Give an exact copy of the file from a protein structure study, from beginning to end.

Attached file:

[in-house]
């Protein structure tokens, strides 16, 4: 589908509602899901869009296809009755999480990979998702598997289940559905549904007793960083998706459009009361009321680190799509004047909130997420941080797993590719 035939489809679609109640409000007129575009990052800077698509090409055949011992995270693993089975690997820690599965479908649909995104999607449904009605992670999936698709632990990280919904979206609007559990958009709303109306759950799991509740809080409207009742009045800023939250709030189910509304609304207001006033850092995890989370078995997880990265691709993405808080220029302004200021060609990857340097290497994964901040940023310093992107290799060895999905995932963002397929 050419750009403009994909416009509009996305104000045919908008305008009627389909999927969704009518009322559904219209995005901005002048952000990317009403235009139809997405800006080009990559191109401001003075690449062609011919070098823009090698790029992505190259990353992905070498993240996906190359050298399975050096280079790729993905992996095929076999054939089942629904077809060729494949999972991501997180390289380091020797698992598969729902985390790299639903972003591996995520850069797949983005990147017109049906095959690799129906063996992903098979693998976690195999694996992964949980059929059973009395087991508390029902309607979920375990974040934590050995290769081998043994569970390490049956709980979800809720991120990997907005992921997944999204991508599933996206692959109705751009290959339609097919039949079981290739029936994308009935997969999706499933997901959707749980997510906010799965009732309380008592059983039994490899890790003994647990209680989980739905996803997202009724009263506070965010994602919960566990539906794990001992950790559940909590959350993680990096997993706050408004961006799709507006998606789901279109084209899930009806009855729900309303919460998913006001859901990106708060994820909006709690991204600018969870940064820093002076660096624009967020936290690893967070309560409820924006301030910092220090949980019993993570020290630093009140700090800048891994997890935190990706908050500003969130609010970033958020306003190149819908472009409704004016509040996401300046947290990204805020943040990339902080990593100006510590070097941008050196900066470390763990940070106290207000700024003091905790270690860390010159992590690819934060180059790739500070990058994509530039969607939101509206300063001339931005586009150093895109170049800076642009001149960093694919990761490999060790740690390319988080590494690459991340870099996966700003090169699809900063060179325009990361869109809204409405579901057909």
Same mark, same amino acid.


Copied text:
[in-house]
């Protein structure tokens, strides 16, 4: 589908509602899901869009296809009755999480990979998702598997289940559905549904007793960083998706459009009361009321680190799509004047909130997420941080797993590719 035939489809679609109640409000007129575009990052800077698509090409055949011992995270693993089975690997820690599965479908649909995104999607449904009605992670999936698709632990990280919904979206609007559990958009709303109306759950799991509740809080409207009742009045800023939250709030189910509304609304207001006033850092995890989370078995997880990265691709993405808080220029302004200021060609990857340097290497994964901040940023310093992107290799060895999905995932963002397929 050419750009403009994909416009509009996305104000045919908008305008009627389909999927969704009518009322559904219209995005901005002048952000990317009403235009139809997405800006080009990559191109401001003075690449062609011919070098823009090698790029992505190259990353992905070498993240996906190359050298399975050096280079790729993905992996095929076999054939089942629904077809060729494949999972991501997180390289380091020797698992598969729902985390790299639903972003591996995520850069797949983005990147017109049906095959690799129906063996992903098979693998976690195999694996992964949980059929059973009395087991508390029902309607979920375990974040934590050995290769081998043994569970390490049956709980979800809720991120990997907005992921997944999204991508599933996206692959109705751009290959339609097919039949079981290739029936994308009935997969999706499933997901959707749980997510906010799965009732309380008592059983039994490899890790003994647990209680989980739905996803997202009724009263506070965010994602919960566990539906794990001992950790559940909590959350993680990096997993706050408004961006799709507006998606789901279109084209899930009806009855729900309303919460998913006001859901990106708060994820909006709690991204600018969870940064820093002076660096624009967020936290690893967070309560409820924006301030910092220090949980019993993570020290630093009140700090800048891994997890935190990706908050500003969130609010970033958020306003190149819908472009409704004016509040996401300046947290990204805020943040990339902080990593100006510590070097941008050196900066470390763990940070106290207000700024003091905790270690860390010159992590690819934060180059790739500070990058994509530039969607939101509206300063001339931005586009150093895109170049800076642009001149960093694919990761490999060790740690390319988080590494690459991340870099996966700003090169699809900063060179325009990361869109809204409405579901057909």
Same mark, same amino acid.